Hales is proud to announce plein-air, the gallery's fourth solo exhibition with Andrea Geyer. Continuing her cross-disciplinary practice that interweaves image and text-based research, Geyer presents two new installations that materialize the poetics of storytelling.
Geyer's work ranges across multiple media, incorporating text, photography, painting, sculpture, video and performance. She explores the complex politics of time, in the context of specific social and political situations, cultural institutions and historical events. Geyer's work continuously seeks to create spaces of critical, collective reflection on the construction of histories and ideas that are otherwise marginalized or obscured.
A child of so-called "War Children" (individuals born in the 1930s in Germany), Geyer grew up in the mountainous region of the Black Forest. Coming of age during the late 1970s and early 1980s, the artist experienced the employment of "memory culture" as a strategy for reckoning with the country's violent history, raising a collective consciousness of the past to create a vantage point for the present. Deeply shaped by this cultural condition, Geyer insists on the dangers of ignoring difficult histories, as the ideologically driven omissions of the past can lead to an inevitably volatile present.
In both of the works on view at Hales, never yet and plein-air (both 2023), Geyer takes the German forest of her childhood as a framework to explore the ways in which fascist ideologies draw on notions of 'nature' and 'natural' for their dissemination. From the turn of the 20th century to present-day, the forest has been exploited by white supremacists to justify constructs of Social Darwinism, the nuclear family, and binary gender norms. At the same time, Geyer shares her childhood experience of the forest's indifference to human norms and desires, inviting viewers to be aware not only of the ideological thickets of fascism, but also the forest's continuous, potent resilience.
never yet (2023) is a video installation comprised of six vertical, overlapping projections on a continuous loop. Destabilizing the image of the landscape, Geyer allows the forest to reorganize itself through visual fragmentation towards a viewer. The accompanying voiceover considers the forest from historical, ideological, and somatic vantage points. Its rich layers weave the artist's personal experiences as a queer teenager foraging in the woods together with her mother's wartime stories of being a child in hiding. Also drawing on Geyer's expansive research into white nationalism's investment in nature both throughout history and in the present moment of the United States, the installation urges viewers to contemplate how right-wing ideology seeps into their everyday life.
Throughout the year 2022, Geyer collected and studied U.S. based narratives related to white nationalism, Christian nationalism, fascism, the far right, militias and neo-Nazism across various print and online news outlets. In plein-air (2023), the artist presents this research in a grid of over three-hundred silk screen and digital archival prints, juxtaposing text with abstracted images of the forest. This ghostly archive recalls some of Geyer's earlier works, such as Feeding the Ghost (2019), in which personal history, cross generational trauma, and collective memory are collapsed into a non-linear narrative.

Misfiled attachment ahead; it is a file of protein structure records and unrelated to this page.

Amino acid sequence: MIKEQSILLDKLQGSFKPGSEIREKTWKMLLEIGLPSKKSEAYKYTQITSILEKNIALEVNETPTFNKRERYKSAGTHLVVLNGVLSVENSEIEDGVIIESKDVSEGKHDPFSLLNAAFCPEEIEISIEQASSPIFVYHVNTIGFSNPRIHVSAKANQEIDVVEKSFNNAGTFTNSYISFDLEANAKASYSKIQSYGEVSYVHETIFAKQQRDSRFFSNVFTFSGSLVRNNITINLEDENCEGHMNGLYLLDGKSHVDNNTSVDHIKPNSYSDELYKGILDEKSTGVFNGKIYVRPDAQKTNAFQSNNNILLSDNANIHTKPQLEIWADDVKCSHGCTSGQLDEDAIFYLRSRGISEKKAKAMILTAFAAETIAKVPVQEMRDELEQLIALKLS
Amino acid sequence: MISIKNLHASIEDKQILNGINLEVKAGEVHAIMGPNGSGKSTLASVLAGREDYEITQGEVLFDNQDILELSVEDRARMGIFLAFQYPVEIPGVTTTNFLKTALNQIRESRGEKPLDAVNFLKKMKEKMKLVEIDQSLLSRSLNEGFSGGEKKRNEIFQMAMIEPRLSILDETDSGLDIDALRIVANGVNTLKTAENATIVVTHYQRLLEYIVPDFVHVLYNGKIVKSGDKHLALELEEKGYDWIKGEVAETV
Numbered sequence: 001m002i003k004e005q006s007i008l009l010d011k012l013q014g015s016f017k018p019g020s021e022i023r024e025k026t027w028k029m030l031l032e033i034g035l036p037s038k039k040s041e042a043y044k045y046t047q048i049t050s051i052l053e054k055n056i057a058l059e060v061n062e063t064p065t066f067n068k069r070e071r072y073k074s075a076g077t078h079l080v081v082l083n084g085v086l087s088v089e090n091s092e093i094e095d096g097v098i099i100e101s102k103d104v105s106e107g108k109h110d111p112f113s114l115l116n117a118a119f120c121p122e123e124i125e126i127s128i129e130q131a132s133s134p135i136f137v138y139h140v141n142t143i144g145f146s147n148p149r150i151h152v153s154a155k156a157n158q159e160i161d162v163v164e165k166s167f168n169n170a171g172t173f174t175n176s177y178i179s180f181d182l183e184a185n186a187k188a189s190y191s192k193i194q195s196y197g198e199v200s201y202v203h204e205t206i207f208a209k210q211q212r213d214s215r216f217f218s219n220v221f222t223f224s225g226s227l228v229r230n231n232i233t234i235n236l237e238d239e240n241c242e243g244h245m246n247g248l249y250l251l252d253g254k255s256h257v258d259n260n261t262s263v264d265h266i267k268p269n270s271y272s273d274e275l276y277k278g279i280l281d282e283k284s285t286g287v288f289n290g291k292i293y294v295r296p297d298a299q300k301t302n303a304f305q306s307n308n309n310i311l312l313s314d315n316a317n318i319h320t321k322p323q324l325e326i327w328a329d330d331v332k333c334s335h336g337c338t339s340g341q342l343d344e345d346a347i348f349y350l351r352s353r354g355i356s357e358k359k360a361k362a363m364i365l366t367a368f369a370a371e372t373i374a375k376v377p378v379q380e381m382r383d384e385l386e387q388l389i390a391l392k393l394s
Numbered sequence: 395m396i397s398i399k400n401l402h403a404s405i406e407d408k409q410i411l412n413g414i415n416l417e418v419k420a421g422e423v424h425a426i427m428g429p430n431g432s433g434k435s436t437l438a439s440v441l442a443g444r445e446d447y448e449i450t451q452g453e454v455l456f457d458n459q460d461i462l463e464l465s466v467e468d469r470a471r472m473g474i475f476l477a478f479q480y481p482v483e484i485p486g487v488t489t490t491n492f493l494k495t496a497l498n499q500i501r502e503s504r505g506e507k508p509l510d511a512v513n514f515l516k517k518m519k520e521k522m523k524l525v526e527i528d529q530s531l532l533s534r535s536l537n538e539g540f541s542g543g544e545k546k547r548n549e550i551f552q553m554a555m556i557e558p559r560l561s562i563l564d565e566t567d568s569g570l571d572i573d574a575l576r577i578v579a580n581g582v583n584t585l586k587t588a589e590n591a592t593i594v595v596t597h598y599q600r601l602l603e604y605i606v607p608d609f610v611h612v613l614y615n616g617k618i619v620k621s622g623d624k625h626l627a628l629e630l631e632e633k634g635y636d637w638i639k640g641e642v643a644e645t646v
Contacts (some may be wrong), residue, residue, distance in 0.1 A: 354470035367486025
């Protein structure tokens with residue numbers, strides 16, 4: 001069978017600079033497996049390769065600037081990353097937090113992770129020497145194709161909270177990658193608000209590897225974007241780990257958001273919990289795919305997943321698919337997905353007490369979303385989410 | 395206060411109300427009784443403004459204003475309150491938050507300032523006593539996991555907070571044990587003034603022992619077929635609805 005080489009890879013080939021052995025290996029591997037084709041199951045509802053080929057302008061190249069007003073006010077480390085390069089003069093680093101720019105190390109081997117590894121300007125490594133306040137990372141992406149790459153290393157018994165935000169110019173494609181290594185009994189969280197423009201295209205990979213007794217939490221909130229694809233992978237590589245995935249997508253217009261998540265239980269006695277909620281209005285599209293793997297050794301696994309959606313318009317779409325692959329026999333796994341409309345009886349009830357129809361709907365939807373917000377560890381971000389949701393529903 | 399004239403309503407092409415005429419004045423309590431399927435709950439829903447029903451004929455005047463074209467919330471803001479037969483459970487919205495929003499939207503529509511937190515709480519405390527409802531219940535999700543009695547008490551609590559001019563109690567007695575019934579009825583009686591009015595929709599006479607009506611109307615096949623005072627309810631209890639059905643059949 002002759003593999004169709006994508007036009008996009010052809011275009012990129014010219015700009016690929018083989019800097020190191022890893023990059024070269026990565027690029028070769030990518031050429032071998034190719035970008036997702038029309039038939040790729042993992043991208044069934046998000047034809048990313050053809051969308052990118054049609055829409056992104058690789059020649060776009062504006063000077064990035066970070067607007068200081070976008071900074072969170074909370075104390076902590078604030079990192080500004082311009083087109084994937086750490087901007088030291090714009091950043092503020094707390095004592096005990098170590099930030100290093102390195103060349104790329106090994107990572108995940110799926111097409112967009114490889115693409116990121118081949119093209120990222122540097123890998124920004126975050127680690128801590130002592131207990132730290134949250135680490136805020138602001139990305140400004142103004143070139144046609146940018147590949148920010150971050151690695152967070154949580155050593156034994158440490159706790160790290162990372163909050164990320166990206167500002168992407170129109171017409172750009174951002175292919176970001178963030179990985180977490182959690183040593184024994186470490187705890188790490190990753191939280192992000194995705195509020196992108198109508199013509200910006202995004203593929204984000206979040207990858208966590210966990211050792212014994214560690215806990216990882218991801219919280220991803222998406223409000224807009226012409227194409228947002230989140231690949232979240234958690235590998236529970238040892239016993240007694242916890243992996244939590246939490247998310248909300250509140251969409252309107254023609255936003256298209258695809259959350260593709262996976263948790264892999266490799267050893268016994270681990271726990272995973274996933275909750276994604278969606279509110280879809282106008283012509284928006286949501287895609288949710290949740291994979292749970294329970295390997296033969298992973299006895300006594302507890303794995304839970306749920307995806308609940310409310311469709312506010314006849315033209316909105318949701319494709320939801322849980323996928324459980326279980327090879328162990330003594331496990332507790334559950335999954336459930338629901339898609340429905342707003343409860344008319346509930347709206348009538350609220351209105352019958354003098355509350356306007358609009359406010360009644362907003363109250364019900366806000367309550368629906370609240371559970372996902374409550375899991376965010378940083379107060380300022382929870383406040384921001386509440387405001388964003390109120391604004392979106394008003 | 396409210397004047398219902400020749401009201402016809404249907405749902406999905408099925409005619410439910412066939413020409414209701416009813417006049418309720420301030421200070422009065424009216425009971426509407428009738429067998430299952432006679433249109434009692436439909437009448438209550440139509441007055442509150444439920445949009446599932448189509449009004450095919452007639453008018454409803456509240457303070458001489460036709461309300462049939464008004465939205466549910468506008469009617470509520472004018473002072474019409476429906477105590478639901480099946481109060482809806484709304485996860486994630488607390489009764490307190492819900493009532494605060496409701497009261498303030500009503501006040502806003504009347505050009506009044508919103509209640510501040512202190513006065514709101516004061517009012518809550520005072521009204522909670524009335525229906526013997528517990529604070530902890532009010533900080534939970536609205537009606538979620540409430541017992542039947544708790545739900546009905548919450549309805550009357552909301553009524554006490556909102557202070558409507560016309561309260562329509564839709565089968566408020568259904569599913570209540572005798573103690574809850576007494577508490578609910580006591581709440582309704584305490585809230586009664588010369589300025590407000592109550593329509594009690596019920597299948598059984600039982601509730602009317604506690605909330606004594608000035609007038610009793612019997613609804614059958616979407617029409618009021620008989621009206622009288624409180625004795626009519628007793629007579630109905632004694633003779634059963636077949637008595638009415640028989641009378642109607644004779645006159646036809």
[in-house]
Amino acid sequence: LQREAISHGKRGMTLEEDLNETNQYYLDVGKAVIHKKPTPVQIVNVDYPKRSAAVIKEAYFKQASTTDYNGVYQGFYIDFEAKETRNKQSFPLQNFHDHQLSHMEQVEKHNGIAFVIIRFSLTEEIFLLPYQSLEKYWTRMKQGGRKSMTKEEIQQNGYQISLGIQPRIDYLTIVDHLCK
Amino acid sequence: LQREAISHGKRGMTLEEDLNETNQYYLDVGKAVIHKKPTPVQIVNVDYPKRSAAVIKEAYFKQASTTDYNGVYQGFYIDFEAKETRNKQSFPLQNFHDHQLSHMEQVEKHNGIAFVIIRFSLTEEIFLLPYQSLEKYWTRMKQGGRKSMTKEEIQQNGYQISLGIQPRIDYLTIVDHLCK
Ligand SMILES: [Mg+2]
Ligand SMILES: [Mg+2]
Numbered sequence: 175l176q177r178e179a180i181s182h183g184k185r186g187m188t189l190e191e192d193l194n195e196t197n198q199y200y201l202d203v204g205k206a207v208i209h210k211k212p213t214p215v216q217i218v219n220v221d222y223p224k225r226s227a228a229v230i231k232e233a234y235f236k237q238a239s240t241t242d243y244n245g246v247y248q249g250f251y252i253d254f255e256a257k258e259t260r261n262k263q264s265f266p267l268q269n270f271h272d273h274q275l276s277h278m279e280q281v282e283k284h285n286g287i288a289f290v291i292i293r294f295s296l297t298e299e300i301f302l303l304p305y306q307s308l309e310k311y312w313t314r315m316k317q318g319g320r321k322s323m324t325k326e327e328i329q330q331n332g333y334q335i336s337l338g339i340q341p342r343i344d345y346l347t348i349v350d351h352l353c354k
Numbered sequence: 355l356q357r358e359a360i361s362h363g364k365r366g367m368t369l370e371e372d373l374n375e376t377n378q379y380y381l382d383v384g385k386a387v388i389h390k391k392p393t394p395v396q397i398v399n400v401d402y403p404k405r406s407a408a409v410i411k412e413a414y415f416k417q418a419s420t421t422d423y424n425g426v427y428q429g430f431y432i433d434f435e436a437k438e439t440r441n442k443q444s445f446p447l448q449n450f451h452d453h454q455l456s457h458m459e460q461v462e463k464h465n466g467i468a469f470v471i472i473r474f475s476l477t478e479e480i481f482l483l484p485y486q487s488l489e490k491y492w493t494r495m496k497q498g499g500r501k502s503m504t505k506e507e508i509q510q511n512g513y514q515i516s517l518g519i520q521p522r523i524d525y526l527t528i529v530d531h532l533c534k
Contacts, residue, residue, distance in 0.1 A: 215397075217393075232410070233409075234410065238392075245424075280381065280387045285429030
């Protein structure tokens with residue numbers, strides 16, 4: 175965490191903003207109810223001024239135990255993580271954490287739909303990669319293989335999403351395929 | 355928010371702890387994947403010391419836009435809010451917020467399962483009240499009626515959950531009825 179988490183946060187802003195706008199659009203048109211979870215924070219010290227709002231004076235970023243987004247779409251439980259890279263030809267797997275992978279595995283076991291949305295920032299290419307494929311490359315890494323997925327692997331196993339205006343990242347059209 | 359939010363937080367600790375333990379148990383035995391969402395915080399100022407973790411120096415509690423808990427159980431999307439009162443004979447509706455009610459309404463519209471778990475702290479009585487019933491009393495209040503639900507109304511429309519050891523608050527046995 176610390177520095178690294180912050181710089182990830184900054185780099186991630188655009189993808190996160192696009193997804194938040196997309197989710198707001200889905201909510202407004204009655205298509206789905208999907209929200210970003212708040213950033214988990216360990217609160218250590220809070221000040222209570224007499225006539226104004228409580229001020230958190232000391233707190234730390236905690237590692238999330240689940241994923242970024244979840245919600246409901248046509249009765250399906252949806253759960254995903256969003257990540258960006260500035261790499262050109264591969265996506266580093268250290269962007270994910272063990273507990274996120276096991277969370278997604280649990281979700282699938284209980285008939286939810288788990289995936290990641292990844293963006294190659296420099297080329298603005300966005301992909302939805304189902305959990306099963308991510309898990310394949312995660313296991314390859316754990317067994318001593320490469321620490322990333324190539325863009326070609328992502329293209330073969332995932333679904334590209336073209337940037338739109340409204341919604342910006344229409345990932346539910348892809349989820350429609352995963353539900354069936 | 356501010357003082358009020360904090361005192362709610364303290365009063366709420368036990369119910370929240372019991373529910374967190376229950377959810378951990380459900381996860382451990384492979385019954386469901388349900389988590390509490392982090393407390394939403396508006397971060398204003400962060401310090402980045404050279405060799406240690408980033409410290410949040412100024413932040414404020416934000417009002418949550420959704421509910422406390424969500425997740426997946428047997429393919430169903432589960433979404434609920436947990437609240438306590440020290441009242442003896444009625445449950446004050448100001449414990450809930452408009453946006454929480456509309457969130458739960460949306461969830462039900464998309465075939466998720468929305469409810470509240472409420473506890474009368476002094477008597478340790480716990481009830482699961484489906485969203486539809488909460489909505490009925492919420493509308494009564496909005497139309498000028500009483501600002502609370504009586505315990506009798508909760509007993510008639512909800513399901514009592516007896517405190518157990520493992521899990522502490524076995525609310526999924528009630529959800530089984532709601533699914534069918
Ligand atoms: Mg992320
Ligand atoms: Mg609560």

Reflecting on nature as a vessel for individual and collective memory, Geyer exposes the seemingly silent residue of fascist ideologies still present in U.S. culture today. The works on view reveal how personal and political histories are inherently connected, despite - or perhaps precisely because of - their dichotomies.
Andrea Geyer (b. 1971, Freiburg, Germany) studied Photography and Film Design at the Fachhochschule Bielefeld and Fine Art at the Braunschweig University of Art, Germany and is a 2000 graduate of the Whitney Museum Independent Study Program, NY, USA. Geyer lives and works in New York.
Geyer's work has been exhibited widely at institutions including San Francisco Museum of Modern Art, CA, USA; The Museum of Modern Art, the Whitney Museum of American Art, Artists Space and White Columns, in NY, USA; Contemporary Art Museum Houston, TX, USA; A Space Gallery, Toronto, Canada; KINDL - Centre for Contemporary Art, Berlin, Germany, the Stedelijk Museum, Amsterdam, the Netherlands; Red Cat and LACE, CA, USA; Tate Modern and Serpentine Gallery, London, UK; Kunstmuseum St.Gallen, Switzerland; Göteborgs Konsthall, Gothenburg, Sweden; Generali Foundation and Secession, Vienna, Austria; HALLE FÜR KUNST Steiermark, Austria;Museum der Moderne, Salzburg, Austria; Govett-Brewster Art Gallery, New Zealand; the Turin Biennale, Italy; the São Paulo Biennial, Brazil; and dOCUMENTA (12), Germany. International public collections with Geyer's work include the Museum of Modern Art, NY, USA; the Whitney Museum of American Art, NY, USA; San Francisco Museum of Modern Art, CA, USA; Frances Lehman Loeb Art Center, NY, USA; Museo Jumex, Mexico City, Mexico; Pérez Art Museum Miami, FL, USA; Art Institute Chicago, IL, USA; Jewish Museum, NY, USA; Neue Galerie, MHK, Kassel; Museum der Moderne, Salzburg, Austria; and the Federal Collection of Germany.